If the Congress chooses to go in this direction, attention should be paid to the risk that market participants might incorrectly view the Fed as a source of unconditional support for financial institutions and markets, which could lead to an unacceptable reduction in market discipline. If the Federal Reserve’s formal mandate were broadened to encompass financial stability, it would be particularly important to make clear that any government intervention to avoid the disorderly liquidation of firms on the verge of bankruptcy should use clearly defined tools and processes, along the lines I discussed earlier.
[QUOTE=long island leprechaun;2628811]Hate to rain on the Paul Parade, but I think Bernanke is correct. Yes, the Federal Reserve should indeed have the powers he is arguing for. The financial markets, especially the mortgage industry, is a disgrace. It requires oversight and transparency, just as he has stated (see below). Bunning is just a pop-in-jay quacking the usual nonsense about socialism and France. He's frankly an idiot.
First of all, have you ever heard of the concept of moral hazard?
Secondly, anyone who understands the nature of this crisis understands that too much regulation is precisely what caused this crisis in the first place.
When you have a central bank artificially fixing the rate of interest at 1% like the Federal Reserve did earlier this decade, a crisis like this is inevitable.
It's only a question of WHICH INDUSTRY the malinvestment will occur in. Not a question of "if."
The Federal Reserve System itself is fascism in its truest form. It is a marriage between the Government and a cartel of private banks. Anyone who supports a system like this would have had tons of fun in 1930s Italy.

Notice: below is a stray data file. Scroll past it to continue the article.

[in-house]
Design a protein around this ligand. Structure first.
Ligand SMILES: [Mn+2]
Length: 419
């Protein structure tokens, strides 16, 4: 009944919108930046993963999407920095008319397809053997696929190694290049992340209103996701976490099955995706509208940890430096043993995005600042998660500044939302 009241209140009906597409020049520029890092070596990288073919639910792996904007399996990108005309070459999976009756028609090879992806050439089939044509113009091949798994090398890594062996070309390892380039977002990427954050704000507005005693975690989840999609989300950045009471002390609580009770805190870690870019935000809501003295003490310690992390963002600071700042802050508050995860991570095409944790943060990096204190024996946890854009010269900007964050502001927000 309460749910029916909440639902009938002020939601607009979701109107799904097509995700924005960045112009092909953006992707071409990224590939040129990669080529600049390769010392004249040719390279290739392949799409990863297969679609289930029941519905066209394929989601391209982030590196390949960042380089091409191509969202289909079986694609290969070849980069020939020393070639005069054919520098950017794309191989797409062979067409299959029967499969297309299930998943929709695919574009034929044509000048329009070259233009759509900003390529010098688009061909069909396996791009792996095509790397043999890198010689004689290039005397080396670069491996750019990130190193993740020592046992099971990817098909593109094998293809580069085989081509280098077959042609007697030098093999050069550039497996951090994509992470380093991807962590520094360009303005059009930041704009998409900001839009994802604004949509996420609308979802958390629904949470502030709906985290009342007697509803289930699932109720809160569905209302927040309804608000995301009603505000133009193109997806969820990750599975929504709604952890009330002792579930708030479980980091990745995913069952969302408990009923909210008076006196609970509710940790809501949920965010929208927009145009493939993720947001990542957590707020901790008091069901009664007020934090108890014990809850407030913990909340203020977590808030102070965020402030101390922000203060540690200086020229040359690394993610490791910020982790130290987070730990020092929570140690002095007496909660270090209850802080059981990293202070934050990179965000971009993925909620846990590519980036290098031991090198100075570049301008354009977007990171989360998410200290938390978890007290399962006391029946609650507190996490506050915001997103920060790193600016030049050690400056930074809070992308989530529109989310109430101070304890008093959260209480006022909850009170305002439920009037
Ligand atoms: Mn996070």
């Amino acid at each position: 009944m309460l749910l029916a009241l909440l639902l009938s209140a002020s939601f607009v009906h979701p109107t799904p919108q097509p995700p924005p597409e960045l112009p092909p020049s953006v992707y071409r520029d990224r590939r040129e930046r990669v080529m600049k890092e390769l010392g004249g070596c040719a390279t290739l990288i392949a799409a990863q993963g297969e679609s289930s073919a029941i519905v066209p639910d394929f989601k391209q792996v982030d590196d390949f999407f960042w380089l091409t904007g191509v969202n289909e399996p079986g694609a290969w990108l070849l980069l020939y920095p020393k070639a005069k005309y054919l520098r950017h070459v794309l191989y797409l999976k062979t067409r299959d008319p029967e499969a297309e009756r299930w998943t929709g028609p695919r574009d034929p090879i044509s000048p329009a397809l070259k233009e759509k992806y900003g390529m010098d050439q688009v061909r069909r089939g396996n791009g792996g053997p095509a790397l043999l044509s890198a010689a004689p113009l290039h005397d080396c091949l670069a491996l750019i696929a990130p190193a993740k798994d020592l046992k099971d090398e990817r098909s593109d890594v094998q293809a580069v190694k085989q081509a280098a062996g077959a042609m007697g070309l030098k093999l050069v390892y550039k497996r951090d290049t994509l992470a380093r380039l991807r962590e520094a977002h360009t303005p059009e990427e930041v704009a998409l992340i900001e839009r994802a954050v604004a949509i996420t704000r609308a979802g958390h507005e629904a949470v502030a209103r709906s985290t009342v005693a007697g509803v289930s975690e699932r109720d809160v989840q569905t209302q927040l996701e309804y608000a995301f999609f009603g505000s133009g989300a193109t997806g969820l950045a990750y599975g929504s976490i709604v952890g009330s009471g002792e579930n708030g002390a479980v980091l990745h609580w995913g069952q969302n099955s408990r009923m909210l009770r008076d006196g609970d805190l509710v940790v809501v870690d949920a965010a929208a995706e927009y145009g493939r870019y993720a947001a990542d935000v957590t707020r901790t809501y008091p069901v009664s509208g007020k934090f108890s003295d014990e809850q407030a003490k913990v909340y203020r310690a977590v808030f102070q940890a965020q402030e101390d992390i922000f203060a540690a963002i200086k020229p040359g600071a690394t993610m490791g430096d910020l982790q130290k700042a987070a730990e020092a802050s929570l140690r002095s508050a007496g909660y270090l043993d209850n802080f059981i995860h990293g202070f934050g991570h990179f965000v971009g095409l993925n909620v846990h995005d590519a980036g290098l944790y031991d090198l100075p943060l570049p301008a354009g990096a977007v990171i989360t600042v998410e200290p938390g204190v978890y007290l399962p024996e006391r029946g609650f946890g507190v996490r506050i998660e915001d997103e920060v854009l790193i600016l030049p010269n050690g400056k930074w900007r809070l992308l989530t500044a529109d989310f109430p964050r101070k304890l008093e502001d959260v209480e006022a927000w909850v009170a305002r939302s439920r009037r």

Last edited by JetsCrazey; 07-16-2008 at 12:30 AM.
Paulson and Bernanke Bailout Friends on Wall Street, a Disaster for US Tax Payers
Just more of the privatizing of profits and the socializing of losses for the corporations
[QUOTE]Jason Simpkins writes: Standing on the steps of the U.S. Treasury building across the street from the White House, Treasury Secretary Henry Paulson asked Congress for the power to prop up Fannie Mae ( FNM ) and Freddie Mac ( FRE ), the two failing mortgage giants involved with nearly half of the $12 trillion U.S. mortgage market.
"The president has asked me to work with Congress to act on this plan immediately," Paulson said Sunday. "Fannie Mae and Freddie Mac play a central role in our housing finance system and must continue to do so in their current form as shareholder-owned companies. Their support for the housing market is particularly important as we work through the current housing correction."
But half a world away - in his new home in Singapore - peripatetic investing guru Jim Rogers blasted the federal government for its new activist approach, which conflict with the very idea of a free market. A rescue of Fannie Mae and Freddie Mac - the second federally sponsored corporate bailout in four months after the Treasury Department rode to the rescue of The Bear Stearns Cos. Inc. ( BSR ) in March - is shifting the cost of errant financial strategies away from shareholders and onto U.S. taxpayers.
"I don't know where these guys get the audacity to take our money, taxpayer money, and buy stock in Fannie Mae," Rogers, the best-selling author and famed investor told Bloomberg News . "These companies were going to go bankrupt if [the feds] hadn't stepped in to do something, and they should've gone bankrupt with all of the mistakes they've made. What's going to happen when you … put some Band-Aids on it for another year or two or three? What's going to happen three years from now when the situation's much, much, much worse?"